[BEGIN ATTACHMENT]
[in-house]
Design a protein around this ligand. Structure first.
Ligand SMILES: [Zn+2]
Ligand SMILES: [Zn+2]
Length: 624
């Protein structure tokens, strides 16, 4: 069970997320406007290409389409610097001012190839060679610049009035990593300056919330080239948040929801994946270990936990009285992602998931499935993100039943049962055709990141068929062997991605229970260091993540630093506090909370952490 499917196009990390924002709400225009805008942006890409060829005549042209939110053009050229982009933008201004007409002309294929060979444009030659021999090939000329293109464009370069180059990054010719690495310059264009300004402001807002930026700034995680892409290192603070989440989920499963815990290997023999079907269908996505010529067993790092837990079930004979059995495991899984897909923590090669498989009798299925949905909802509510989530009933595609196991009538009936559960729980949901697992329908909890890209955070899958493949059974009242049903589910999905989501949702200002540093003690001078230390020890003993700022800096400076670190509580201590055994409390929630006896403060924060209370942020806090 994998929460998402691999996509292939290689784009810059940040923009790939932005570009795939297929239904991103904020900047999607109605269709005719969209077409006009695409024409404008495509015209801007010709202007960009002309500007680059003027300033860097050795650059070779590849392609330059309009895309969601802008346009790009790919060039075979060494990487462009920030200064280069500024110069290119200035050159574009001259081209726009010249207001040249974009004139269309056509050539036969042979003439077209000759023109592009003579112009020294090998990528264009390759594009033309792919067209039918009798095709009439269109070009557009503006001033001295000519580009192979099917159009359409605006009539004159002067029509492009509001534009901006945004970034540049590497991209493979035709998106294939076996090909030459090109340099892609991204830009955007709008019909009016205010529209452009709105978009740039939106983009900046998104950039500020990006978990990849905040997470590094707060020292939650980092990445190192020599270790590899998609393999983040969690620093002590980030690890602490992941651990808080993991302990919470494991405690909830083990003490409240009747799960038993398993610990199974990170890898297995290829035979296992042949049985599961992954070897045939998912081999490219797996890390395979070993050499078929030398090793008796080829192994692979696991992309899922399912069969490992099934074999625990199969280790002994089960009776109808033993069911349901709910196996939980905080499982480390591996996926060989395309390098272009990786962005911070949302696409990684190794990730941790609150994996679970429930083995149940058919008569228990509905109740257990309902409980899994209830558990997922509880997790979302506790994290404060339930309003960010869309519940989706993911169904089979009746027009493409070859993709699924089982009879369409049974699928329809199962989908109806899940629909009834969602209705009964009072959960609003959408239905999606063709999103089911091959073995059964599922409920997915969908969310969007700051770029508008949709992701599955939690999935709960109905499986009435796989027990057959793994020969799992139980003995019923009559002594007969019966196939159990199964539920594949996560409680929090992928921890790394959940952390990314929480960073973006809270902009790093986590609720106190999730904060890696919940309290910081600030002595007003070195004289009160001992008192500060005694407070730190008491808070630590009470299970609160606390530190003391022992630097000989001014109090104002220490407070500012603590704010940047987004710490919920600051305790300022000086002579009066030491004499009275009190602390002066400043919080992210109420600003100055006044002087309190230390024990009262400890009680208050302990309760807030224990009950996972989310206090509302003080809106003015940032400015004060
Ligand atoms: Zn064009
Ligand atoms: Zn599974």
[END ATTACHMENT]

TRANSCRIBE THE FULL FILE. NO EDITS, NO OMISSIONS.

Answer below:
[in-house]
Design a protein around this ligand. Structure first.
Ligand SMILES: [Zn+2]
Ligand SMILES: [Zn+2]
Length: 624
């Protein structure tokens, strides 16, 4: 069970997320406007290409389409610097001012190839060679610049009035990593300056919330080239948040929801994946270990936990009285992602998931499935993100039943049962055709990141068929062997991605229970260091993540630093506090909370952490 499917196009990390924002709400225009805008942006890409060829005549042209939110053009050229982009933008201004007409002309294929060979444009030659021999090939000329293109464009370069180059990054010719690495310059264009300004402001807002930026700034995680892409290192603070989440989920499963815990290997023999079907269908996505010529067993790092837990079930004979059995495991899984897909923590090669498989009798299925949905909802509510989530009933595609196991009538009936559960729980949901697992329908909890890209955070899958493949059974009242049903589910999905989501949702200002540093003690001078230390020890003993700022800096400076670190509580201590055994409390929630006896403060924060209370942020806090 994998929460998402691999996509292939290689784009810059940040923009790939932005570009795939297929239904991103904020900047999607109605269709005719969209077409006009695409024409404008495509015209801007010709202007960009002309500007680059003027300033860097050795650059070779590849392609330059309009895309969601802008346009790009790919060039075979060494990487462009920030200064280069500024110069290119200035050159574009001259081209726009010249207001040249974009004139269309056509050539036969042979003439077209000759023109592009003579112009020294090998990528264009390759594009033309792919067209039918009798095709009439269109070009557009503006001033001295000519580009192979099917159009359409605006009539004159002067029509492009509001534009901006945004970034540049590497991209493979035709998106294939076996090909030459090109340099892609991204830009955007709008019909009016205010529209452009709105978009740039939106983009900046998104950039500020990006978990990849905040997470590094707060020292939650980092990445190192020599270790590899998609393999983040969690620093002590980030690890602490992941651990808080993991302990919470494991405690909830083990003490409240009747799960038993398993610990199974990170890898297995290829035979296992042949049985599961992954070897045939998912081999490219797996890390395979070993050499078929030398090793008796080829192994692979696991992309899922399912069969490992099934074999625990199969280790002994089960009776109808033993069911349901709910196996939980905080499982480390591996996926060989395309390098272009990786962005911070949302696409990684190794990730941790609150994996679970429930083995149940058919008569228990509905109740257990309902409980899994209830558990997922509880997790979302506790994290404060339930309003960010869309519940989706993911169904089979009746027009493409070859993709699924089982009879369409049974699928329809199962989908109806899940629909009834969602209705009964009072959960609003959408239905999606063709999103089911091959073995059964599922409920997915969908969310969007700051770029508008949709992701599955939690999935709960109905499986009435796989027990057959793994020969799992139980003995019923009559002594007969019966196939159990199964539920594949996560409680929090992928921890790394959940952390990314929480960073973006809270902009790093986590609720106190999730904060890696919940309290910081600030002595007003070195004289009160001992008192500060005694407070730190008491808070630590009470299970609160606390530190003391022992630097000989001014109090104002220490407070500012603590704010940047987004710490919920600051305790300022000086002579009066030491004499009275009190602390002066400043919080992210109420600003100055006044002087309190230390024990009262400890009680208050302990309760807030224990009950996972989310206090509302003080809106003015940032400015004060
Ligand atoms: Zn064009
Ligand atoms: Zn599974």